When purchasing a home, people tend to take into account the space needed in their current situation with a bit of forethought about the future to include an extra bedroom or so. However, the unpredictability of the future where the space requirements change (for example, a new member arrives or the need for a home office arises) means you could end up needing additional square footage.
At this point, you have three choices: cram everything into the same space, sell and move to a bigger house, or stay put and build an extension. Being an affordable and clever remedy to the issue, choice 3 (a house extension) is a popular choice for many. However, there are definitely several pros and cons you should consider before making a firm decision — keep scrolling to learn more.
Pros of A Home Extension
Increases Property Value
Not only does a home extension make your home a more comfortable space to live in, but it can also make you a pretty penny if you ever decide to sell it. In the UK, a study by mortgage provider Nationwide stated that “an extension creating a double bedroom and ensuite can boost up to 23 per cent to the value of a property, an extra bathroom up to 6 per cent, and an extra double bedroom can add 12 per cent.”
Easier And More Affordable Than Shifting To A New Home
An extension saves you from many additional selling costs like the Real Estate Agent fees, legal fees, Stamp Duty or documentary stamp taxes, moving fees, etc., and eliminates the hassle of finding a new home (and multiple processes associated with it), physically packing all your belongings, and shifting them to the new space — both aspects making an extension much more easy and affordable than moving home.
Lets You Build A Space Fit For Your Purpose
What purpose(s) do you want your additional square footage to serve — a walk-in closet, a great room, an additional bedroom and bathroom, a home office, or a dining room? As opposed to moving to a home where you might find extra space that is not exactly fit for purpose, an extension is a flexible, customisable option that can adapt to all your requirements.
You Get To Design Things Your Way
The home you own might be a property that was initially created by a builder and altered by multiple homeowners over the years. By painting the walls, installing new floors, remodelling the kitchen, or going for a bathroom renovation, you only get to incorporate a slight personal touch to an existing property. A home extension allows you to design a space that fits and fulfils all your requirements and preferences without the costs of a whole new house.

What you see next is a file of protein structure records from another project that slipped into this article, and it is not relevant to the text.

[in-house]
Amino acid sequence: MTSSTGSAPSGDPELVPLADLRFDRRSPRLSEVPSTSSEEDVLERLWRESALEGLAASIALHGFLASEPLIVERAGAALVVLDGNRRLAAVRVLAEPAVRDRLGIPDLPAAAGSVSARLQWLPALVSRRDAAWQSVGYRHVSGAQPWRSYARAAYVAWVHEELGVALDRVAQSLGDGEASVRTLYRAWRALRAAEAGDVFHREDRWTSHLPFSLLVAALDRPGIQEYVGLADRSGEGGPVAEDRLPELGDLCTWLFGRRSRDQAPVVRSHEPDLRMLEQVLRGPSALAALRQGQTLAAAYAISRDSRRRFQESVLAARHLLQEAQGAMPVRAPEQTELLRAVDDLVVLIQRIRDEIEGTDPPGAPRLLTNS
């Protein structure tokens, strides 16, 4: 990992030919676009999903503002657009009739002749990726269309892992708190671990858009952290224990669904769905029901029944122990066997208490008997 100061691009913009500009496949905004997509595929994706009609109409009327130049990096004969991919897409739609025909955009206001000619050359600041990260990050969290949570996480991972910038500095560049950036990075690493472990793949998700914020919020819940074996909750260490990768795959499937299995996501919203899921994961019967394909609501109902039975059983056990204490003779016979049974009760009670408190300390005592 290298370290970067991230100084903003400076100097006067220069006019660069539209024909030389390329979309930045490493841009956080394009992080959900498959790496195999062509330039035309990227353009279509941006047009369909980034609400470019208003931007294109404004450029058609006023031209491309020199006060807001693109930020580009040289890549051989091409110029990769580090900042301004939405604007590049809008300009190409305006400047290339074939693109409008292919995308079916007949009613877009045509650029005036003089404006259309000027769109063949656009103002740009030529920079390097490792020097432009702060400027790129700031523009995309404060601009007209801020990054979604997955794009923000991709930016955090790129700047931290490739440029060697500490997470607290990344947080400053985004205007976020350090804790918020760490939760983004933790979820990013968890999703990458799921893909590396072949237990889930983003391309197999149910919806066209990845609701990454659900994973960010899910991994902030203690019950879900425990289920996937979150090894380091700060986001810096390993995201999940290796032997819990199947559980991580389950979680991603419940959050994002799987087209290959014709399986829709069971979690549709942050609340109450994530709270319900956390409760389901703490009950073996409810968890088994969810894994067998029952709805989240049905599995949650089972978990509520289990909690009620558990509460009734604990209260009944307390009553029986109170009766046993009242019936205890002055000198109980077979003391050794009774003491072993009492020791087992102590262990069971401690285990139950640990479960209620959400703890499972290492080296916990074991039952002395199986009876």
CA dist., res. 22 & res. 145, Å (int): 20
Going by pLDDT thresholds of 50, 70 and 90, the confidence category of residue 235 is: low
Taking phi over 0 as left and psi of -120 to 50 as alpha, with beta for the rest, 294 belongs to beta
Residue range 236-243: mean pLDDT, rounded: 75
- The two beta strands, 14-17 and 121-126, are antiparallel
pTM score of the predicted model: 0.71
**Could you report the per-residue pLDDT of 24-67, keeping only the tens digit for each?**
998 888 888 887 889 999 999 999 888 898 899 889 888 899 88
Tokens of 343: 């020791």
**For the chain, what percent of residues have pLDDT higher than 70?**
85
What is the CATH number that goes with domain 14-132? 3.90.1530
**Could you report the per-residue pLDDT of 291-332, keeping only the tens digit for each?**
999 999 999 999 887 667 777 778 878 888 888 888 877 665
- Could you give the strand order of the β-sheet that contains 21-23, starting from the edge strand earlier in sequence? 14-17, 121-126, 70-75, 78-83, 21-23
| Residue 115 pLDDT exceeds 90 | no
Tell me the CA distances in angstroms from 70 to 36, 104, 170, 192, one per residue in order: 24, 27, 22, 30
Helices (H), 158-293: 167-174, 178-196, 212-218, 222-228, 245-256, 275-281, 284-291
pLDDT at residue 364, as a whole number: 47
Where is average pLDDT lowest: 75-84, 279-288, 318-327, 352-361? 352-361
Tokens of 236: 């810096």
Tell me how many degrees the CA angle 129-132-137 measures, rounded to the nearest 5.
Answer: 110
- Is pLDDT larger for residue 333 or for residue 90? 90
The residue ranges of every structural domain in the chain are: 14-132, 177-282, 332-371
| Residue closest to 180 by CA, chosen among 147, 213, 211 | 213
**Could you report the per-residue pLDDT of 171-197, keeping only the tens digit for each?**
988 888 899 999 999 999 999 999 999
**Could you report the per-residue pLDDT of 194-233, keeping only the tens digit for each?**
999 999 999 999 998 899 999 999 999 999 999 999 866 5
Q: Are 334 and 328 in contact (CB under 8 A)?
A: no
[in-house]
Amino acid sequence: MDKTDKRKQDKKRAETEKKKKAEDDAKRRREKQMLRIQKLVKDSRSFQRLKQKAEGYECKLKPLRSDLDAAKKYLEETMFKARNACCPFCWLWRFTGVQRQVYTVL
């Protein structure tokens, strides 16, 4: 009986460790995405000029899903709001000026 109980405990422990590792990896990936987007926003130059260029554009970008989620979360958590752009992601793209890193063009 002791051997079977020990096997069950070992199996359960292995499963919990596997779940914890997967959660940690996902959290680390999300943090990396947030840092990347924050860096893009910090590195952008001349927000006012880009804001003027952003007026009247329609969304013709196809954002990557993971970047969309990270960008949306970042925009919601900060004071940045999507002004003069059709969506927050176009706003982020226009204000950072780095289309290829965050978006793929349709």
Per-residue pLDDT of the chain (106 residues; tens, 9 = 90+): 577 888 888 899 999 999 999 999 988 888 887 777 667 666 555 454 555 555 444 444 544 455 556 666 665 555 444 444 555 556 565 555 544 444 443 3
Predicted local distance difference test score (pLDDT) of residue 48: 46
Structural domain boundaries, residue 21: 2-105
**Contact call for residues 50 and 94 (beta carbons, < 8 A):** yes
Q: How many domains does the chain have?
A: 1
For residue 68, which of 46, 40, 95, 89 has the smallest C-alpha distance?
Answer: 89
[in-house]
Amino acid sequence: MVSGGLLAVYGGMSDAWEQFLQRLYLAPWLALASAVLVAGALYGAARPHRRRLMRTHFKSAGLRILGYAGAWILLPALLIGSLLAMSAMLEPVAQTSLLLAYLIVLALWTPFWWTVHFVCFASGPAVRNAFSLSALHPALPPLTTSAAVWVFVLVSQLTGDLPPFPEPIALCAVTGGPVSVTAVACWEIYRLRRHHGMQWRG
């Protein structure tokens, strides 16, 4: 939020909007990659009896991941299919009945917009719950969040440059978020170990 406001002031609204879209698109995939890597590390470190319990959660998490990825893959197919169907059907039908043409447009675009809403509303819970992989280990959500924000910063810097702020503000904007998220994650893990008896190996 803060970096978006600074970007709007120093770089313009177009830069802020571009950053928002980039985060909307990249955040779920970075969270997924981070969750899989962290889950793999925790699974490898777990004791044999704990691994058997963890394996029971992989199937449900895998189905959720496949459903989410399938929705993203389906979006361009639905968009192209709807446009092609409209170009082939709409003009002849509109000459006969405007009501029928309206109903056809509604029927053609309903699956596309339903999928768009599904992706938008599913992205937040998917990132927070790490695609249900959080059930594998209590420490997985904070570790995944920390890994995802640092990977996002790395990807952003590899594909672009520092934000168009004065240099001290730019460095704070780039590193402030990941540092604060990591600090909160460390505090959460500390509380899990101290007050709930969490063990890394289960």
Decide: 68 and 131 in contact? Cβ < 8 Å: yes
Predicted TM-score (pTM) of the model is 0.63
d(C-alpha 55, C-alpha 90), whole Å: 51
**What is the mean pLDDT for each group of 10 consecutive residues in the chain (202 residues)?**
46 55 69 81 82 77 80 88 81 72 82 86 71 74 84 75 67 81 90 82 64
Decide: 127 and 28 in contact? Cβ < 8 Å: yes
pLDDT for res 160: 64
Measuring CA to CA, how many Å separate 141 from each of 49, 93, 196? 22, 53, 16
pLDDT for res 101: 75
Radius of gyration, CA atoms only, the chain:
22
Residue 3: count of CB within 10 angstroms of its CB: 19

Cons of A Home Extension
Higher Resale Price Not Guaranteed
A higher sale price is based on multiple factors. One is the location, for instance, that cannot be changed. Others include factors like the size and number of rooms, adequate square footage, the way you stage it, and whether or not it’s a leasehold (in the UK). While an extension certainly increases space, it does not overcome the rest of the elements that may have a bigger impact on the value of your home.
Similarly, if your extension appears to be a cheap tack-on or the extension costs exceed the market value of the homes in your area, then your home might fail to offer you a high sale price. So, just like you’re avoiding all the renovations that can hurt your home’s resale value, make sure to mould your extension into one that enhances the liveability and looks, and most importantly, does not reduce the value of your home.
Extensions Are Disruptive
An extension can be a tiring and stressful process where your day-to-day routine will be disrupted, especially if you choose to stay in the home during the construction period. Along with being a hectic full-time job, there are tons of other challenges associated with an extension, some of which include:
Noise and pollution
Lack of privacy
Having work crews at home six days a week
Your Extension Options Are Constrained By Various Factors
With the restrictions of an extension, you might not be able to expand a specific room as far as you want, or the existing layout and design of the house may limit the choices in regard to additional building. This means you will have to adjust your expectations and plans in line with the limitations, and you may also have to skimp on some features from your wishlist.
The Outdoor Space Sacrificed May Outweigh The Extension’s Value
An extension is not always a golden ticket to value addition; it can sometimes backfire in several ways. For example, an extension will use up outdoor property space (unless you extend vertically). Whether it’s a garage, a patio, a driveway, or a yard, you should be prepared to sacrifice some outdoor space while ensuring that the cost of this loss is lower than the value you’re adding with the extension — if your objective is to increase resale value.
While a home extension has its pros and cons, whether or not it’s a suitable option really just comes down to your requirements, budgets, and expectations. Start by closely scrutinising each benefit and drawback, speak to everyone who will be involved and affected, and then decide if it’s a worthwhile investment.
Still confused if an extension is the right move for you? Contact one of our Architecture & Planning Gurus, who will discuss your objectives and budget, and give you neutral, expert advice tailored to your needs.